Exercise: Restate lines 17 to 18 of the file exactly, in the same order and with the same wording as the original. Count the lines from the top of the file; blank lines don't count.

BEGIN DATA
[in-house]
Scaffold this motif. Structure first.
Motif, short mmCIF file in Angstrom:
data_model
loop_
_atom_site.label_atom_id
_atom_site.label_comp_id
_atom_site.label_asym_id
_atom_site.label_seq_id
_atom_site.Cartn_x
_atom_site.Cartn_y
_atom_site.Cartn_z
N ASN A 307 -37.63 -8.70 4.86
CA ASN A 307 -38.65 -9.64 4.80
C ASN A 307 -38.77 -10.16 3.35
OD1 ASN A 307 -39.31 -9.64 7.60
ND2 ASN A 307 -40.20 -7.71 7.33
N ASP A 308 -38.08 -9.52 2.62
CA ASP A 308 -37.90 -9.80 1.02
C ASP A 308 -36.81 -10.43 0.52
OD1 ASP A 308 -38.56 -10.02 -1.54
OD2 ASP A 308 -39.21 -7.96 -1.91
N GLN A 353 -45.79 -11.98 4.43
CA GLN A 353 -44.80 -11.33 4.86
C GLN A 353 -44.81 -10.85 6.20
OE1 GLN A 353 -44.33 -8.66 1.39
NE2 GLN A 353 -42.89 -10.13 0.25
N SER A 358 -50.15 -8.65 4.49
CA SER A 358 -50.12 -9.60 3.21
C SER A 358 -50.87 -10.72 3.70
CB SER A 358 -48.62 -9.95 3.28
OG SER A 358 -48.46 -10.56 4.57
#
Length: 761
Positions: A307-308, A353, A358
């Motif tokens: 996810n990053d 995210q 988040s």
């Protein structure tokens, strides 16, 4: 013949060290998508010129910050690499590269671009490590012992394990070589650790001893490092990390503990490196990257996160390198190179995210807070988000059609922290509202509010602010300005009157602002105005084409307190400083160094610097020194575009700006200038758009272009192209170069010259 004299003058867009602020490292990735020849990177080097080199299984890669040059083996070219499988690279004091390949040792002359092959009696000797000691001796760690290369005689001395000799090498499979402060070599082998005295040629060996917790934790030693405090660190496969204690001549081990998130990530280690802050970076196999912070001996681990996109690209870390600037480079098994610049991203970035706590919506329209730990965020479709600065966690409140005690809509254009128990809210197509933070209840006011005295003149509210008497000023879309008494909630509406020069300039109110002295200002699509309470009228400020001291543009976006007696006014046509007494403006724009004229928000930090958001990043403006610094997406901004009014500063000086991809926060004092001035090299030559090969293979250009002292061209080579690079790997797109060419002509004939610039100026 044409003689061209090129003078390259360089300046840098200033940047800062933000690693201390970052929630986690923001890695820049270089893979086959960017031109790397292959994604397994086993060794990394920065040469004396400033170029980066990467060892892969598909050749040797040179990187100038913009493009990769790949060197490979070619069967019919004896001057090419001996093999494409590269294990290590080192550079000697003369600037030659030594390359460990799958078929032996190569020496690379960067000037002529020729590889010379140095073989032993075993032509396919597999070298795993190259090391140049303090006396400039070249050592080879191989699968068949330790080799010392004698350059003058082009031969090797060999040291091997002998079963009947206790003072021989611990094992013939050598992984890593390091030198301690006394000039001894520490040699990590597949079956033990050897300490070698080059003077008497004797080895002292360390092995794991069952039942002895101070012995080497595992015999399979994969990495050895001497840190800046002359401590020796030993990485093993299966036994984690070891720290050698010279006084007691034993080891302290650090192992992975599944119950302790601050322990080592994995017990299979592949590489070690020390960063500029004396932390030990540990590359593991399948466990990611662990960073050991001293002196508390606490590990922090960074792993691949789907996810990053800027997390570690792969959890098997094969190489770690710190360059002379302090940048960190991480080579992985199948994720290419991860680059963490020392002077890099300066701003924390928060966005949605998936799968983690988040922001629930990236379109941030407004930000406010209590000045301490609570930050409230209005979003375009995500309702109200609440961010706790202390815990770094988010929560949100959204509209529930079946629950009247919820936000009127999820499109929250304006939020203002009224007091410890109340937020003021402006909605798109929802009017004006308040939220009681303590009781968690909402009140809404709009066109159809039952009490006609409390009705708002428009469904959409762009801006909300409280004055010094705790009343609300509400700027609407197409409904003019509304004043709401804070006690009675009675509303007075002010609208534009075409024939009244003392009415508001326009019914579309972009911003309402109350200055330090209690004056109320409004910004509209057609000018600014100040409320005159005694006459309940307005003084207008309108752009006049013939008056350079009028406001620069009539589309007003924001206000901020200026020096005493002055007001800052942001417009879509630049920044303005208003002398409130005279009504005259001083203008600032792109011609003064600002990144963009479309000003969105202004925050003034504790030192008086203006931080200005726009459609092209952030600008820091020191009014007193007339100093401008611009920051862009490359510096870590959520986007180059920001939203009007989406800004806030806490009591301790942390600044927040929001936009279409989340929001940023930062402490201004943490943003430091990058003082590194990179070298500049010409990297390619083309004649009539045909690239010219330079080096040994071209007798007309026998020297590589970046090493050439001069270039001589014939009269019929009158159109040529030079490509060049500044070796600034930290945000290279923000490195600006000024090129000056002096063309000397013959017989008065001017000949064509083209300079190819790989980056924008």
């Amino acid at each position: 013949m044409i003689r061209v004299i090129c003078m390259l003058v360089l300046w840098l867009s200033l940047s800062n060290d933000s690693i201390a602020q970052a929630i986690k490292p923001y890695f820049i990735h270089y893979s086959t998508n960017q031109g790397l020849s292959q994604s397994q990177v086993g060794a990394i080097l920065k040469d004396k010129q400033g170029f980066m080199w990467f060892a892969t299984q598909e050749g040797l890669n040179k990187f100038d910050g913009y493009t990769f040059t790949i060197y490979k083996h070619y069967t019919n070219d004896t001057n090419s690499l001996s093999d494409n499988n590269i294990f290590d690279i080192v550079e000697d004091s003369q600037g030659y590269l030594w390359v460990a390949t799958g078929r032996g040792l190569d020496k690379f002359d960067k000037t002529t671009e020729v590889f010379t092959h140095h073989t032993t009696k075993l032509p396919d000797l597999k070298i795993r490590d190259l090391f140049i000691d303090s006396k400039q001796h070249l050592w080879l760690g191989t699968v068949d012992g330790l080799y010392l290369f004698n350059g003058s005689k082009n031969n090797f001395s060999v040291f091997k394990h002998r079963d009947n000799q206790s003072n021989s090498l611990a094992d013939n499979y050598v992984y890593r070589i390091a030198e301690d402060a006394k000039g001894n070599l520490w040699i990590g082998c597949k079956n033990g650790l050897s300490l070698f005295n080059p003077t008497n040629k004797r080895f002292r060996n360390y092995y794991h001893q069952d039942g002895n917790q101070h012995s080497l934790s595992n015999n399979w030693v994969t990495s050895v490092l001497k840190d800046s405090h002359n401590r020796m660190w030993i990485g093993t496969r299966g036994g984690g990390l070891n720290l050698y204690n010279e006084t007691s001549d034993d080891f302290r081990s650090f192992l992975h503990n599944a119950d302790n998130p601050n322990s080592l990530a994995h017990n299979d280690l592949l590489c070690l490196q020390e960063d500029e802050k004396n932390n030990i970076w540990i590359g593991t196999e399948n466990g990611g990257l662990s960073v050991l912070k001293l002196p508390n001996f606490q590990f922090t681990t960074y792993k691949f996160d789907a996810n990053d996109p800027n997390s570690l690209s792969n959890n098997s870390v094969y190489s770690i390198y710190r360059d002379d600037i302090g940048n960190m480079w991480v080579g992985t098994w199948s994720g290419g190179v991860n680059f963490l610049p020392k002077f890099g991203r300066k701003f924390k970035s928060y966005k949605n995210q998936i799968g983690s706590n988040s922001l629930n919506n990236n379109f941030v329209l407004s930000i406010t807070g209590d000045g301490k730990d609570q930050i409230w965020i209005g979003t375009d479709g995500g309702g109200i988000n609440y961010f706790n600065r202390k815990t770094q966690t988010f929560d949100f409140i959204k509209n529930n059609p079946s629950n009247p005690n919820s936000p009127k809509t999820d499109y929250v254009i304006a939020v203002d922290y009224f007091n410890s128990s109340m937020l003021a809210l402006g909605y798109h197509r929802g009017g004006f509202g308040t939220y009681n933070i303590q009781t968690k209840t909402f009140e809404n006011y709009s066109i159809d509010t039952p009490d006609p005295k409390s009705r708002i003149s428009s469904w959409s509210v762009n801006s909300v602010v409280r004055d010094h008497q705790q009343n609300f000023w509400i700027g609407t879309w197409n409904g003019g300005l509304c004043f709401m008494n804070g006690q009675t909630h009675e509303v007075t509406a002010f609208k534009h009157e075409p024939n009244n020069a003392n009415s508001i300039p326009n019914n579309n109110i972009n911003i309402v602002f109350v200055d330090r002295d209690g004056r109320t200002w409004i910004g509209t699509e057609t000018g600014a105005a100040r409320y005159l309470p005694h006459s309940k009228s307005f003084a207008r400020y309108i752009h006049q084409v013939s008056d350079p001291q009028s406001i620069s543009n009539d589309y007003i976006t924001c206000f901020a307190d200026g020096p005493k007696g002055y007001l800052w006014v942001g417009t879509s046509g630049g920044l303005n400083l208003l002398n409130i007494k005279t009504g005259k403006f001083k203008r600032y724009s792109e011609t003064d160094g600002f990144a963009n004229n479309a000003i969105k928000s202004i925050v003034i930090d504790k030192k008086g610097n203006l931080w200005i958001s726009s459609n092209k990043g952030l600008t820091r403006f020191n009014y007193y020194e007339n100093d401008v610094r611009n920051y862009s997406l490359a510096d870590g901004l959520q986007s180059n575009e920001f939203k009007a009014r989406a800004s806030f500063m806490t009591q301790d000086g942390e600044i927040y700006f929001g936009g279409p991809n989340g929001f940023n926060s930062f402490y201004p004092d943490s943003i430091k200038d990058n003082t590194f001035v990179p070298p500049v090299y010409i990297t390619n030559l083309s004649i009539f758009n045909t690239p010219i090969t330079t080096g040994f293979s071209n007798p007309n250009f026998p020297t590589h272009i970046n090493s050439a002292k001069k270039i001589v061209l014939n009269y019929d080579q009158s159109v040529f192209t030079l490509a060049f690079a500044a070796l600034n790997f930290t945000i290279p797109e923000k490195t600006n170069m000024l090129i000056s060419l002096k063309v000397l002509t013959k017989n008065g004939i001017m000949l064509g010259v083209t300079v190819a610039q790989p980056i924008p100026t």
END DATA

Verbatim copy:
ND2 ASN A 307 -40.20 -7.71 7.33
N ASP A 308 -38.08 -9.52 2.62